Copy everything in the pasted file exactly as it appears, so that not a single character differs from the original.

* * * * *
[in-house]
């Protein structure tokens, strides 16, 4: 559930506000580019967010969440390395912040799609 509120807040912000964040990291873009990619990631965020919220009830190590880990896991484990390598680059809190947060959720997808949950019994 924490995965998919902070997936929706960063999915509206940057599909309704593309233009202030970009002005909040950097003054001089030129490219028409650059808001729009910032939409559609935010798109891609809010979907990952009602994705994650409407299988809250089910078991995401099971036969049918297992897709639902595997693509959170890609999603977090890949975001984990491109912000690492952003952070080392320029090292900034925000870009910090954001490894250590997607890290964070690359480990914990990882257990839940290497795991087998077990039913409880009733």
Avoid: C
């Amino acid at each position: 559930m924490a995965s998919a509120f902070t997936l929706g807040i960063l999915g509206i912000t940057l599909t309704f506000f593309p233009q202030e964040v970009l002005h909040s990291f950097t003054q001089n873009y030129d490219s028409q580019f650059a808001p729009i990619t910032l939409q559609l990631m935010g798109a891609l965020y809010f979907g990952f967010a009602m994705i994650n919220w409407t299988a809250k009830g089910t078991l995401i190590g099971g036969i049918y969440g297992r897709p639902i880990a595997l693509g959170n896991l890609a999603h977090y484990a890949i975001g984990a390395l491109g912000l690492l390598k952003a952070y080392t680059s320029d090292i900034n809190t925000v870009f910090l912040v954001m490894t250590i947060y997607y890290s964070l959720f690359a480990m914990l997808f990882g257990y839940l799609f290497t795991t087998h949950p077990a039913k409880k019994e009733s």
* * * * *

[in-house]
């Protein structure tokens, strides 16, 4: 559930506000580019967010969440390395912040799609 509120807040912000964040990291873009990619990631965020919220009830190590880990896991484990390598680059809190947060959720997808949950019994 924490995965998919902070997936929706960063999915509206940057599909309704593309233009202030970009002005909040950097003054001089030129490219028409650059808001729009910032939409559609935010798109891609809010979907990952009602994705994650409407299988809250089910078991995401099971036969049918297992897709639902595997693509959170890609999603977090890949975001984990491109912000690492952003952070080392320029090292900034925000870009910090954001490894250590997607890290964070690359480990914990990882257990839940290497795991087998077990039913409880009733």
Avoid: C
């Amino acid at each position: 559930m924490a995965s998919a509120f902070t997936l929706g807040i960063l999915g509206i912000t940057l599909t309704f506000f593309p233009q202030e964040v970009l002005h909040s990291f950097t003054q001089n873009y030129d490219s028409q580019f650059a808001p729009i990619t910032l939409q559609l990631m935010g798109a891609l965020y809010f979907g990952f967010a009602m994705i994650n919220w409407t299988a809250k009830g089910t078991l995401i190590g099971g036969i049918y969440g297992r897709p639902i880990a595997l693509g959170n896991l890609a999603h977090y484990a890949i975001g984990a390395l491109g912000l690492l390598k952003a952070y080392t680059s320029d090292i900034n809190t925000v870009f910090l912040v954001m490894t250590i947060y997607y890290s964070l959720f690359a480990m914990l997808f990882g257990y839940l799609f290497t795991t087998h949950p077990a039913k409880k019994e009733s």